Update below.

James Jirtle, a long-time reader of Marginal Revolution, recently wrote Tyler Cowen and asked his views about what to do about high housing prices in London. Mr. Jirtle listed 11 proposed responses and asked which Tyler thinks “are likely to be effective.” Tyler didn’t answer with reference to any of the 11, but concluded that “marginal improvements surely are possible.” I agree, and I was surprised that Tyler didn’t say more on a blog titled “Marginal Revolution” and subtitled “Small Steps Toward a Much Better World.”

Rather than copy his whole list of 11 and then respond, I’ll list each and respond immediately after to each. I take it from the other parts of his letter that Jirtle wants solutions that make it easier for people to own and rent without causing shortages. I’ll cover the straight economics of it, not the morality of various solutions. JJ means James Jirtle and DRH is David R. Henderson.

JJ: Raising stamp duty (tax on the purchase of a home – the UK government recently raised rates on homes worth more than £500,000, and introduced punitive rates on purchases of second homes).
DRH: This will drive up prices further. The best-case scenario is where the supply is vertical (perfectly inelastic), in which case it would not raise prices at all, but would simply punish owners and reduce mobility. With any slope to the supply curve, prices would rise.

JJ: Raising council tax (property tax – where a property is rented, this is paid by the tenants).
DRH: Somewhat ditto the reasoning above. With any degree of elasticity of housing supply, this would raise prices.

JJ: “Bedroom taxes” on unused bedrooms (currently in place for social housing).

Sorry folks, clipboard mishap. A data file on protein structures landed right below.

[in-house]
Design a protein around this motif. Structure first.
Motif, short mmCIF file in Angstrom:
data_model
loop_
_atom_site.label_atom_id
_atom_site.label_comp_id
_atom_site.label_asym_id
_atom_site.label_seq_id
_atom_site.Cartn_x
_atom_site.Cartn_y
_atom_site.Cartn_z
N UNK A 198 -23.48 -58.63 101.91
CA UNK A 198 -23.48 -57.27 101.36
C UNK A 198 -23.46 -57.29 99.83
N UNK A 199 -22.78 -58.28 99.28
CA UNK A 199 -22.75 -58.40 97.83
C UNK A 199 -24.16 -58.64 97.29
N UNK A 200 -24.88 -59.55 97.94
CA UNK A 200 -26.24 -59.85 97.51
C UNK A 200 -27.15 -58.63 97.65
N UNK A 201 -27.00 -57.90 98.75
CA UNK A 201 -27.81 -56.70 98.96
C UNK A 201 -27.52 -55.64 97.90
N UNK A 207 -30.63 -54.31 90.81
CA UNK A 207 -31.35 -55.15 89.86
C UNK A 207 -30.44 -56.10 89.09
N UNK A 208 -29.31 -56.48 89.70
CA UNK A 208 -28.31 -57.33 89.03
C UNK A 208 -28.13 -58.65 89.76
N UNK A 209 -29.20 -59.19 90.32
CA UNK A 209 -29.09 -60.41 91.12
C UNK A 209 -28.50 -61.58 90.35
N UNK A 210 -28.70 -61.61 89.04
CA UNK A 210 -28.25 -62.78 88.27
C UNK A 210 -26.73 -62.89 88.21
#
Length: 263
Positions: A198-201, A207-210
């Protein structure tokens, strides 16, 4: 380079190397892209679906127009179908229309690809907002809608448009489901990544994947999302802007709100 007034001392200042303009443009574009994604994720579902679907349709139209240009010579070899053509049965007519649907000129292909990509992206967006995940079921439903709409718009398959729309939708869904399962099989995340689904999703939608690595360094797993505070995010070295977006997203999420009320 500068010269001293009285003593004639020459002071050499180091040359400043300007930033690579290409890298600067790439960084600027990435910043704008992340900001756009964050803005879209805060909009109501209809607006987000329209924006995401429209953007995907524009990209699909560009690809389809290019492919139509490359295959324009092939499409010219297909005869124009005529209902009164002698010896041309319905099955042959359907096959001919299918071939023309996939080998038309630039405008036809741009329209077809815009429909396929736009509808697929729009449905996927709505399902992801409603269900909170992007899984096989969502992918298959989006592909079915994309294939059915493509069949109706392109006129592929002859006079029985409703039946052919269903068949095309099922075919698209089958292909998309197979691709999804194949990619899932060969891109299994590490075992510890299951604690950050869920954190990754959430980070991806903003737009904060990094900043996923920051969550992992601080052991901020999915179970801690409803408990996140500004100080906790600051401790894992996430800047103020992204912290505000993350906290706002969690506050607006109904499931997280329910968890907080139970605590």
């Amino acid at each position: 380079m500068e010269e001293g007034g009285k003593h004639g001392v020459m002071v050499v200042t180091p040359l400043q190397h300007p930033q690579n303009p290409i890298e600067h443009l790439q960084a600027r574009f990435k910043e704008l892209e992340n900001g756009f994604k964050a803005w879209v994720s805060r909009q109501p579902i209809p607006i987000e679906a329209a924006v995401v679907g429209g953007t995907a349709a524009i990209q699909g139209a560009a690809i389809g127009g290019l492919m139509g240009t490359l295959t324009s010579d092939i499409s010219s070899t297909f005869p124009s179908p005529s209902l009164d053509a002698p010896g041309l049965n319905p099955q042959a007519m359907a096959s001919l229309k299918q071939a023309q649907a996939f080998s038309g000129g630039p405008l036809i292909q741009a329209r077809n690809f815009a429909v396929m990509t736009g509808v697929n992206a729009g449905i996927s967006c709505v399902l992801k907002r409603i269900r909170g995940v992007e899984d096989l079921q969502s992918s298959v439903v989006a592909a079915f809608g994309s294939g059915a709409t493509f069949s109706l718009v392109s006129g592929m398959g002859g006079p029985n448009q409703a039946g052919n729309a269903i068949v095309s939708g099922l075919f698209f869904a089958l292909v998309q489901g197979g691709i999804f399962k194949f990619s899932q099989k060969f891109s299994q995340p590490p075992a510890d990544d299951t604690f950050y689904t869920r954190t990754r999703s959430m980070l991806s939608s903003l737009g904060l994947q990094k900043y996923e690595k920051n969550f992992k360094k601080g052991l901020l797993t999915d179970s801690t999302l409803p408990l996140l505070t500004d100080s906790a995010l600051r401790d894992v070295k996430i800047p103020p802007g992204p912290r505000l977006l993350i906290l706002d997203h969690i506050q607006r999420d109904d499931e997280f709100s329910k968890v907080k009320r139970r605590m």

DRH: Extreme degree of government intrusion required. Makes home owning less attractive for anyone. Could cause some bedrooms to be rented out, increasing effective supply, but the more likely response would be finding uses for bedrooms. Home office or storage, anyone?

JJ: Increasing taxes on private landlords (the UK government recently removed the ability of landlords to deduct mortgage interest, and capped deductions for repairs).
DRH: Reduces supply and raises prices.

JJ: Loosening planning restrictions and taking other actions to combat NIMBYism.
DRH: Increases supply and causes prices to fall.

JJ: Building on the green belt.
DRH: If he means allowing building on the green belt, this would increase supply and cause prices to fall.

JJ: Deposit assistance for first-time buyers (the UK government currently underwrites mortgages of up to 95% LTV for first-time buyers for properties worth up to £600,000 and has introduced savings accounts where the government adds 25% to savings used to purchase a new home, contributing up to £3,000).
DRH: Makes it easier for first-time buyers to buy, but the increased demand makes prices higher than otherwise.

JJ: Punitive taxes on unused planning permission.
DRH: Reduces supply, making prices higher. Increases supply, reducing prices.

JJ: Direct price controls.
DRH: Discourages supply of new housing, causes conversion to offices, reduces maintenance on housing stock (which means an effective reduction in supply), and misallocates housing among demanders.

JJ: Restrictions on foreign ownership of property.
DRH: First-order effects on housing supply would appear to be small. Could be substantial decline in demand from foreigners, which would cause prices to fall, but one of the main effects would be an increase in the number of foreign renters, which would offset the fall.

JJ: Increasing interest rates.
DRH: Which interest rates and how? Can’t say more without knowing the policy change that changes interest rates. Remember that interest rates are an endogenous variable.

Update: I misunderstood the tax on unused planning permissions. I now understand, I think, that it means that you get approval to produce housing and you don’t use it. Bryan Caplan’s comment below made me aware of that.